I got asked privately to elaborate a bit more on what goes on internally when it comes to what I talked about in the post Revisiting Click.
Basically, I believe that the differences between having a choice and no choice when it comes to obedience corresponds to different mental states and levels of subspace. How much "you" remains can shift quite a bit as well as fundamental behavioral patterns. Internally, I think much of it has to do with the level of mental surrender and what that does to your fight or flight response.
Something I should note is that not everyone behaves purely in a fight or flight way. Trauma has the capacity to add a third option to the list which creates fight, flight, or freeze and surrender. You can see this a bit in the animal kingdom, especially when it comes to hierarchies based upon rank in pack dynamics. Some will fight it out, some will run away, and others will tip over and expose their bellies, feeling helpless and surrendering to the greater power. I'm not sure if that third response makes me unique or less common, but I consider it to be a core factor of my submission. The more that I think about it, I have to believe that those who can reach slavespace are likely familiar with this.
To illustrate this with an example, let's say she puts the sub in a collar and instructs them not to remove it. At some point she instructs him to run an errand. The sub is aware enough of "self" to probably run through the mental debate of whether they should run the errand in the collar or if they should take it off. This mental debate implies that their thought process is still very human and what they choose to do will represent which side "wins," their desire to be obedient or their desire to avoid being embarrassed or humiliated.
If she puts the sub in a collar and locks it around his neck, he cannot remove it. If instructed to run the errand there is no debate of removal, he simply accepts his fate as inevitable. While he may attempt to hide the collar under a shirt collar, coat, or scarf, none of these are disobedient acts. Even with the collar hidden, he will be trapped within his mind knowing that he is wearing it.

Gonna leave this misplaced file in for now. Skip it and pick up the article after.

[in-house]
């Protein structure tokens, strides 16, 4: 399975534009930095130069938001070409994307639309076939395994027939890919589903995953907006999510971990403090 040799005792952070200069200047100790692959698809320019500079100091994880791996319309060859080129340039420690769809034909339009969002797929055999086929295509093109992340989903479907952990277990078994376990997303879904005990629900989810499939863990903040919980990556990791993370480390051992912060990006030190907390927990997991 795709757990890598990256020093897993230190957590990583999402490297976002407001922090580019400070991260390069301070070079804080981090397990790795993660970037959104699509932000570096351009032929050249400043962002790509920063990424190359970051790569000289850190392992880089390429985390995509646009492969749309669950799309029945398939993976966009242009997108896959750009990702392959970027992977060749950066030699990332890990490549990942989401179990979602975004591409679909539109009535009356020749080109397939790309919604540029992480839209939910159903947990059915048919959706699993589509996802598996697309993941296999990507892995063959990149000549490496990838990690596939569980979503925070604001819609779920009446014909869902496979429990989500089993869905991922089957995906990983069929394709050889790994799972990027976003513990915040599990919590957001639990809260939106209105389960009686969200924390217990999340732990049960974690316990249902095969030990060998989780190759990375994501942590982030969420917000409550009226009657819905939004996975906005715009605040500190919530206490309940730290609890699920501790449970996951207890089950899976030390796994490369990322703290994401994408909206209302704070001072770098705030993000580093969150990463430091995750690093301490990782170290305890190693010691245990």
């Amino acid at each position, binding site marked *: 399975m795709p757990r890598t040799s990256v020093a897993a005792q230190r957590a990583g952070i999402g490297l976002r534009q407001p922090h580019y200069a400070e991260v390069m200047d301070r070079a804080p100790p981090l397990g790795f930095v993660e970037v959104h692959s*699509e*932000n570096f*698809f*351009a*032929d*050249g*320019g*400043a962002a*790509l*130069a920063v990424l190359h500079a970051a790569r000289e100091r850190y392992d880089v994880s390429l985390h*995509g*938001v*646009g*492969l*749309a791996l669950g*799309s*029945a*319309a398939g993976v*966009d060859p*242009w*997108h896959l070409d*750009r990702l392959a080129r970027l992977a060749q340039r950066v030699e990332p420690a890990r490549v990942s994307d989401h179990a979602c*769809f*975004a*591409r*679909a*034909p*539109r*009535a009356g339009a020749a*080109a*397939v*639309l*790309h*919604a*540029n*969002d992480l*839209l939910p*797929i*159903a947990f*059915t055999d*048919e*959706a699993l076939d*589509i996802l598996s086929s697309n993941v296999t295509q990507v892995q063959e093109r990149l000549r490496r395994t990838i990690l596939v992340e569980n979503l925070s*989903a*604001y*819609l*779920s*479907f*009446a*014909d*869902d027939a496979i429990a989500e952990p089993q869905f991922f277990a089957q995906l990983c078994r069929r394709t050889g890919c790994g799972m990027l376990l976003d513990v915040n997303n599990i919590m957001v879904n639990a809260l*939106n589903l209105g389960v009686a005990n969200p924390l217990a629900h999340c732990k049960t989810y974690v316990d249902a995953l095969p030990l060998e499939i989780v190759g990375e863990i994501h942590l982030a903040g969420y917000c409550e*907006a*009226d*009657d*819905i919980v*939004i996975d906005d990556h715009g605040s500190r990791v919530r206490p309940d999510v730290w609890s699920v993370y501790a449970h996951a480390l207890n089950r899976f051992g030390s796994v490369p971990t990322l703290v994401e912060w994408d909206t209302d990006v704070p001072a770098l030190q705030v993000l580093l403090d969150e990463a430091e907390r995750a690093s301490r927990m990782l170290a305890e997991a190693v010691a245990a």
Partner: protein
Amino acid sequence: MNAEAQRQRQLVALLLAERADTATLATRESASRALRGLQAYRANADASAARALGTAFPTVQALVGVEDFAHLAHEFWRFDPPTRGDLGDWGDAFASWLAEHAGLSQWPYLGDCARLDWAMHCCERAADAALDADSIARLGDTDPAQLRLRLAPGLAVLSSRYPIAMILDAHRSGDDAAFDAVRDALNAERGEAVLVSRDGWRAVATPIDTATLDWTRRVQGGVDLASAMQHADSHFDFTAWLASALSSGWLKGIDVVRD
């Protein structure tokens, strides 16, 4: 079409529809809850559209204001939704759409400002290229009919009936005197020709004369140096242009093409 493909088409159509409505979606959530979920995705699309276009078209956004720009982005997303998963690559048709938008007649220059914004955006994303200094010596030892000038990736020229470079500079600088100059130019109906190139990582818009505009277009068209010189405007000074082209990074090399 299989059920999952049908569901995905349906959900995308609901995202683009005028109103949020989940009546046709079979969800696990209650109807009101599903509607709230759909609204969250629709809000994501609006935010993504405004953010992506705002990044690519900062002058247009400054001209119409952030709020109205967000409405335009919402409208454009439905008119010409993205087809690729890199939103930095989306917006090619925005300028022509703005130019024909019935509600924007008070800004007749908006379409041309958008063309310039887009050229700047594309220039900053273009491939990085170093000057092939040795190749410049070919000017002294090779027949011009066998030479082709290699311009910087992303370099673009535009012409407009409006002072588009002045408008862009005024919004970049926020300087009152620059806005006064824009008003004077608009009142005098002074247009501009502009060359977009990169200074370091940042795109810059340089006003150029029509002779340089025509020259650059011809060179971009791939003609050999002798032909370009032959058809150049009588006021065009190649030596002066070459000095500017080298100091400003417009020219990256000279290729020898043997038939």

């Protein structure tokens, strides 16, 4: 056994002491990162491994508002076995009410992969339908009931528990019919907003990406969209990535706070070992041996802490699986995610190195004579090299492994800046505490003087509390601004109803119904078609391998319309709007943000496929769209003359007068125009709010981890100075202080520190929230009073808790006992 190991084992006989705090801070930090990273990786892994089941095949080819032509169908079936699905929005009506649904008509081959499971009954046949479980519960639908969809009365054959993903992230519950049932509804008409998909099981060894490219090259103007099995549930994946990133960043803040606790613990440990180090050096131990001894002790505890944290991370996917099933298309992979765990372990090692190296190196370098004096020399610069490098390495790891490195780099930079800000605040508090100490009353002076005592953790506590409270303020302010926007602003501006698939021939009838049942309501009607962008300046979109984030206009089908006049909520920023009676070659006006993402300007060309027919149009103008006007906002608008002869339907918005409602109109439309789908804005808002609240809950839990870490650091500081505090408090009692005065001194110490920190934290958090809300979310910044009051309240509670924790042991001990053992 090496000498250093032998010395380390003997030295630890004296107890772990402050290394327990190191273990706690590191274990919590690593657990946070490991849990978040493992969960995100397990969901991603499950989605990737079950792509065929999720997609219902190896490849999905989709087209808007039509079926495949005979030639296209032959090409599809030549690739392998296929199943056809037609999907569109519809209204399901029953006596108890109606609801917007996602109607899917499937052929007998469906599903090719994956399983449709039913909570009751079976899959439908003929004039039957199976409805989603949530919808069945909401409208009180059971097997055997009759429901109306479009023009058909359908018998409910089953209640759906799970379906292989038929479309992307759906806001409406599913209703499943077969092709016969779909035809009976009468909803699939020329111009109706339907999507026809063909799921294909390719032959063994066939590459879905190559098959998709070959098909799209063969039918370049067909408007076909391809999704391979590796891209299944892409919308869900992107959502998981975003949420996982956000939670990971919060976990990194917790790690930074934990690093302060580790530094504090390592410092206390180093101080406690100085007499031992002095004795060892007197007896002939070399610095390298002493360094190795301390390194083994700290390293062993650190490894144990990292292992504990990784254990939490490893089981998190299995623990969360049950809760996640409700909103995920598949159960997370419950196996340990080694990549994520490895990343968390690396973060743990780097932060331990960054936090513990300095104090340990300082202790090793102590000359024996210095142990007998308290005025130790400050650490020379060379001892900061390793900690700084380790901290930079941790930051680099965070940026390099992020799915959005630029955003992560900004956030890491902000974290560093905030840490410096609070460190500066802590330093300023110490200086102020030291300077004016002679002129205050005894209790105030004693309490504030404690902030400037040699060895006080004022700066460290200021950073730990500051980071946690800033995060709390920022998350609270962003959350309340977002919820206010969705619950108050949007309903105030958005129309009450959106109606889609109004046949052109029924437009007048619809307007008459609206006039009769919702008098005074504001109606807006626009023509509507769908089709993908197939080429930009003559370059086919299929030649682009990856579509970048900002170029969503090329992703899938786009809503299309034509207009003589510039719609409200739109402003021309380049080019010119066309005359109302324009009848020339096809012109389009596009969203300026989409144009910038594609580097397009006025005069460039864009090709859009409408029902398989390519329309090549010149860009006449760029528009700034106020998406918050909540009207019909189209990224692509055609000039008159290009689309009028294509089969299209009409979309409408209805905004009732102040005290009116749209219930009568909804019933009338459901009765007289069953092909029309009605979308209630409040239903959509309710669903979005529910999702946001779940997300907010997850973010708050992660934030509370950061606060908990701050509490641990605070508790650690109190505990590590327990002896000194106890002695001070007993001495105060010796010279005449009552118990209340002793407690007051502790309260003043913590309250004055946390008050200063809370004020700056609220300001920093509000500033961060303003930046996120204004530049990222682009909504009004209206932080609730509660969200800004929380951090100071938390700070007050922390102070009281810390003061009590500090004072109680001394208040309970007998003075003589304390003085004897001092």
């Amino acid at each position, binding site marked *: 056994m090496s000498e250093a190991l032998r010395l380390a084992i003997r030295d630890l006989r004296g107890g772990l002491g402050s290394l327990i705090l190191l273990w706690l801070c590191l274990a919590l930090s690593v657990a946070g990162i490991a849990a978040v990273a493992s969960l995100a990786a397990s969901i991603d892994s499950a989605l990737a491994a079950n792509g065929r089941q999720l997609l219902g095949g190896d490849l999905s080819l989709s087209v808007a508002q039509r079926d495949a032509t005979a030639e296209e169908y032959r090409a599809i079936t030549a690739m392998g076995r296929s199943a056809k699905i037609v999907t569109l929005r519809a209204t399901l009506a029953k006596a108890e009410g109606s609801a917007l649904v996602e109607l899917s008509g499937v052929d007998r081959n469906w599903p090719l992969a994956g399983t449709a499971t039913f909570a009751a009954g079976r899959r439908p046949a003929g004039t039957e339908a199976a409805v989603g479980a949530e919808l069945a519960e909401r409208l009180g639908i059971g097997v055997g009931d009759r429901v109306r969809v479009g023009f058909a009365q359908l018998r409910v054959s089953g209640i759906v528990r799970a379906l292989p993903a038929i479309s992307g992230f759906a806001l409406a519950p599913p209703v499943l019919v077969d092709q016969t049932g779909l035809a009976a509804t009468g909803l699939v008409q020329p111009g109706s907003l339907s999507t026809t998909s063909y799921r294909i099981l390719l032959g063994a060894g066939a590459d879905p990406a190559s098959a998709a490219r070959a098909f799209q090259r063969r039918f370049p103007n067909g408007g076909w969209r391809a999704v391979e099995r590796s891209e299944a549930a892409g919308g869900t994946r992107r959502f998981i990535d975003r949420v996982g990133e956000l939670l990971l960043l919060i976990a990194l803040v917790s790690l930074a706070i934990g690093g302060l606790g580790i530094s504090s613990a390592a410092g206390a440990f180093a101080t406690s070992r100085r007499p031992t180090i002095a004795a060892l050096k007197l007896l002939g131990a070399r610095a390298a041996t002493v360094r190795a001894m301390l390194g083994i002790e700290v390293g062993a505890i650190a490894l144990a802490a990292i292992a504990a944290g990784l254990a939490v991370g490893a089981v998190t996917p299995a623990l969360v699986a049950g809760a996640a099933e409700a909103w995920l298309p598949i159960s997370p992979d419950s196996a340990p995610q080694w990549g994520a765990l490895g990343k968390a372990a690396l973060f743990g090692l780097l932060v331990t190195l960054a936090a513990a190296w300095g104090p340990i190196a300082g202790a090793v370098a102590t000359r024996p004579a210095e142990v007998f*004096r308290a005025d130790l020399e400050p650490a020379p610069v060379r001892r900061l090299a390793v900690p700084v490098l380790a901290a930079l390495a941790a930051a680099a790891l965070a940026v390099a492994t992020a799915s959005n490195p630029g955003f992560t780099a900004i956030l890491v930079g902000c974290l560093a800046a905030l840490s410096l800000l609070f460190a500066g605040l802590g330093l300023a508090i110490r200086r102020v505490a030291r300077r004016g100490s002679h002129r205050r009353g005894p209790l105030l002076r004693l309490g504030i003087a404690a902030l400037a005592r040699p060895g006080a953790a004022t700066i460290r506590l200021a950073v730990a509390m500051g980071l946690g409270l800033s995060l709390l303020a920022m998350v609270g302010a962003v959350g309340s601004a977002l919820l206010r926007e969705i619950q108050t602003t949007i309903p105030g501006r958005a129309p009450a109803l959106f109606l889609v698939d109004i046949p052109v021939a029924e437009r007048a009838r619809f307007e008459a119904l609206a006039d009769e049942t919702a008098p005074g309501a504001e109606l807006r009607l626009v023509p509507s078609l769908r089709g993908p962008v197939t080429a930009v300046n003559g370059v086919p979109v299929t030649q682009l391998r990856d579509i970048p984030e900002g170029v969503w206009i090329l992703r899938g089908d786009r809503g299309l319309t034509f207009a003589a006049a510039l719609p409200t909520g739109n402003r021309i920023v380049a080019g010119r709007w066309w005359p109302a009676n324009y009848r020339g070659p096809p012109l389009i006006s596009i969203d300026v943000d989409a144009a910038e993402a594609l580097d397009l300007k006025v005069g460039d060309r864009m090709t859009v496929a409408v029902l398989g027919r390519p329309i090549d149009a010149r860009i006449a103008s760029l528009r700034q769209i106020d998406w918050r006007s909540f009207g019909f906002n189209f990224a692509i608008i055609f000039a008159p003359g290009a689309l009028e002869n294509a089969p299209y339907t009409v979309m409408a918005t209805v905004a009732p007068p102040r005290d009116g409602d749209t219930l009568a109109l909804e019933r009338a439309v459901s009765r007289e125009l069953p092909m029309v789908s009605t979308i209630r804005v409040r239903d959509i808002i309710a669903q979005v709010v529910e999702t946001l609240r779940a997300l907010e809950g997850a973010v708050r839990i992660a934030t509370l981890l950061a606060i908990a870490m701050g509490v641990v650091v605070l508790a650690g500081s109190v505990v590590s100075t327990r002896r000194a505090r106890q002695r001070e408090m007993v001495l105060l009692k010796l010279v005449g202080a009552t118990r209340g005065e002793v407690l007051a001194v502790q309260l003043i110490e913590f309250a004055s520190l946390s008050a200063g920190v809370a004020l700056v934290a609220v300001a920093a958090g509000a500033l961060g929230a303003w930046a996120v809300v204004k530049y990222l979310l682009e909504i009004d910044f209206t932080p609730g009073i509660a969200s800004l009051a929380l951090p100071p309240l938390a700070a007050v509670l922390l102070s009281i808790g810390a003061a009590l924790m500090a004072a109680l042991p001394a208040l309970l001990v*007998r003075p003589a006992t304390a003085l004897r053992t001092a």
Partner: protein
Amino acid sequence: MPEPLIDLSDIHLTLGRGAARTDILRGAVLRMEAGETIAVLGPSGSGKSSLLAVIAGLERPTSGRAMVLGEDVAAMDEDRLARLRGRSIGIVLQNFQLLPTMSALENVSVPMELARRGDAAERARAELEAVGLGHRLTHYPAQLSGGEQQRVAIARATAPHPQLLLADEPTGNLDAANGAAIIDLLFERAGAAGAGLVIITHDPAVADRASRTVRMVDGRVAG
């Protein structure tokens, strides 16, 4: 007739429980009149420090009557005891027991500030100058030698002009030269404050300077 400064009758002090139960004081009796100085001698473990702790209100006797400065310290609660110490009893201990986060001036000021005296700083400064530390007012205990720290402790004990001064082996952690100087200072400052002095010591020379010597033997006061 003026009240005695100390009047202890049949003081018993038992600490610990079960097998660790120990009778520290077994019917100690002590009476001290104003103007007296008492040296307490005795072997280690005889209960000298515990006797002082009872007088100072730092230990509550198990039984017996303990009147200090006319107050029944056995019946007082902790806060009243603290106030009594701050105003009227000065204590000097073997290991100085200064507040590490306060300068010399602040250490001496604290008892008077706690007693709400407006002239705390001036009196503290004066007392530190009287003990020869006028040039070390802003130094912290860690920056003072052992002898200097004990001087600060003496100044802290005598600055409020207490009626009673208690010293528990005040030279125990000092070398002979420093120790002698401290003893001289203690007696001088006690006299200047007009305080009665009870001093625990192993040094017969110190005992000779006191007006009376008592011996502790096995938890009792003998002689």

The primary contrast is debating the strength of his obedience vs. attempting to cope with the unavoidable. (Yes, I am treating the "skipping the errand" option as a non-option as that is the sort of thing that gets you dismissed). When given the choice of obedience, the sub's immediate responses fall to obedience (fight or flight). When choice is removed, the sub's immediate responses are far more likely to simply try to make the best of the situation (freeze and surrender).
I believe that subs grow acclimated to a specific range of subspace as this generally represents the level of consistent control the Domme prefers to exert. I see the differences in this topic as being rooted in how much "human will" she wants the sub to maintain. Choice gives the sub the ability to say no. Removing choice takes that ability away, which leaves obedience as the only option.
I tend to prefer that loss of choice. It triggers a loss of self and it allows me to reach deeper levels of subspace. This requires the impulse of fight or flight to fall away in favor of freeze and surrender. My sense of self dissipates and I begin to see the world differently, in such a way where I desire that which she desires. I don't think this happens as easily when I still have the freedom to say no.
I have heard of Dommes taking the opposite approach to test a submissive. If the sub is accustomed to locks, seeing how they will behave the same in the absence of locks. If the sub is accustomed to the honor system, putting on the locks and seeing how they deal with the loss of choice. While I can see this being used in small doses, I think this actually pushes the sub in a very uncomfortable way by forcing them out of their normal subspace and into unfamiliar territory. Flip-flopping regularly will likely keep the sub feeling confused.
In summary, as subs cope with submission, their minds learn to naturally respond to
the hardships placed upon them by the Domme. That method of coping is
steered heavily by whether or not the Domme permits them the freedom of
choice. Over time their default method becomes an automatic response. Locks can help contribute to maintaining a deeper space and train the sub's mind to stop considering the existence of options and steering them down the path of surrender as a natural response.